Here’s my live analysis on KQV Radio, talking about the prospects of an agreement emerging from the cease-fire talks in Cairo, and how the future looks:
Hamas news conference
If you thought I was kidding about Hamas intimidation of journalists in Gaza, here’s an unusually blunt statement from the Foreign Press Association, representing correspondents–both local and foreign–who work for overseas news outlets in Israel and the Palestinian areas:
The FPA protests in the strongest terms the blatant, incessant, forceful and unorthodox methods employed by the Hamas authorities and their representatives against visiting international journalists in Gaza over the past month.
The international media are not advocacy organisations and cannot be prevented from reporting by means of threats or pressure, thereby denying their readers and viewers an objective picture from the ground.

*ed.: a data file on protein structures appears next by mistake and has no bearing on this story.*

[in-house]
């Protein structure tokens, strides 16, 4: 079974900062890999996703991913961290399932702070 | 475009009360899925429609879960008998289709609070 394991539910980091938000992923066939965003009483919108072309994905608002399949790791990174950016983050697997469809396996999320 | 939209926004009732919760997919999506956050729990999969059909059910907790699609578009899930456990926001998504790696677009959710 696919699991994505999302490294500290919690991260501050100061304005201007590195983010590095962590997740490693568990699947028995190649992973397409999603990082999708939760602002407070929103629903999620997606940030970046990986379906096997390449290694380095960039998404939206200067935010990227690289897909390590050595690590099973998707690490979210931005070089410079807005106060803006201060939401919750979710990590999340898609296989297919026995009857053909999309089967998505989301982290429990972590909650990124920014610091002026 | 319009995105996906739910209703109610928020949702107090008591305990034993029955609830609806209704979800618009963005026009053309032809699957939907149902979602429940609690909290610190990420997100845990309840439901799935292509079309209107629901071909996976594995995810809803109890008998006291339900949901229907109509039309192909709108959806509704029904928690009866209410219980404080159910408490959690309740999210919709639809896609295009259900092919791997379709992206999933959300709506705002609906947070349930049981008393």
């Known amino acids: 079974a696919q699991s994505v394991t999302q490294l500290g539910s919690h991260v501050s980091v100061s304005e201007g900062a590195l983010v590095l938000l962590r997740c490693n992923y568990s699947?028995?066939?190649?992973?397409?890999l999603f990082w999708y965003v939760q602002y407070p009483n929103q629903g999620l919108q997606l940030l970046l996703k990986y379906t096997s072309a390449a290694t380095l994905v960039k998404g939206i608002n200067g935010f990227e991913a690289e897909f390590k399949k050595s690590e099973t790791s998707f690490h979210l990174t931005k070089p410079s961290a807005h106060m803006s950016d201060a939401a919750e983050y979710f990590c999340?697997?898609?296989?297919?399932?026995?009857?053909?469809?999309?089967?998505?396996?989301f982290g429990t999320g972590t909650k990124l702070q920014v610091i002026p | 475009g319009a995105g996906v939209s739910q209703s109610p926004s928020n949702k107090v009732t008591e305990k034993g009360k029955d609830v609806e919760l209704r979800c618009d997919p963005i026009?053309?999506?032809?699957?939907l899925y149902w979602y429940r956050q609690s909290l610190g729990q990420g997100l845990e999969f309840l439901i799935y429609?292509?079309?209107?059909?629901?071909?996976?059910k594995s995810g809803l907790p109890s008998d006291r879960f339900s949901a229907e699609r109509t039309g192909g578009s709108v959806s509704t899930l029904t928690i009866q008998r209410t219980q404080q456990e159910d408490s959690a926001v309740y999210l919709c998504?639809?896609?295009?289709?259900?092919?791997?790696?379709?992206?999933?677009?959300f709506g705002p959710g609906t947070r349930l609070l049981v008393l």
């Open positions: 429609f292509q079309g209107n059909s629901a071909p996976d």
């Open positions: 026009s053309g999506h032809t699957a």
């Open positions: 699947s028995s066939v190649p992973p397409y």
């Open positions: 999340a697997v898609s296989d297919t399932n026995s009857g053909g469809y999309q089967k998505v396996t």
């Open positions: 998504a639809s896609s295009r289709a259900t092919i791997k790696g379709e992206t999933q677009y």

In several cases, foreign reporters working in Gaza have been harassed, threatened or questioned over stories or information they have reported through their news media or by means of social media.
We are also aware that Hamas is trying to put in place a “vetting” procedure that would, in effect, allow for the blacklisting of specific journalists. Such a procedure is vehemently opposed by the FPA.
Yes, FPA, media can and are prevented from reporting by threats and intimidation. I understand why you need to sound defiant (I was on the FPA board for more than 10 years), but this is a main reason why you aren’t seeing the whole story in Gaza. Excusing their coverage, news outlets are saying, gee, we didn’t see anything, they just disappear…understandable, but how is it that in every other conflict, we see the combatants every day? This FPA statement comes along after many of the foreign correspondents have left Gaza, also understandable, but their stringers are still there and still subject to Hamas intimidation.
We see pictures of women, but not Hamas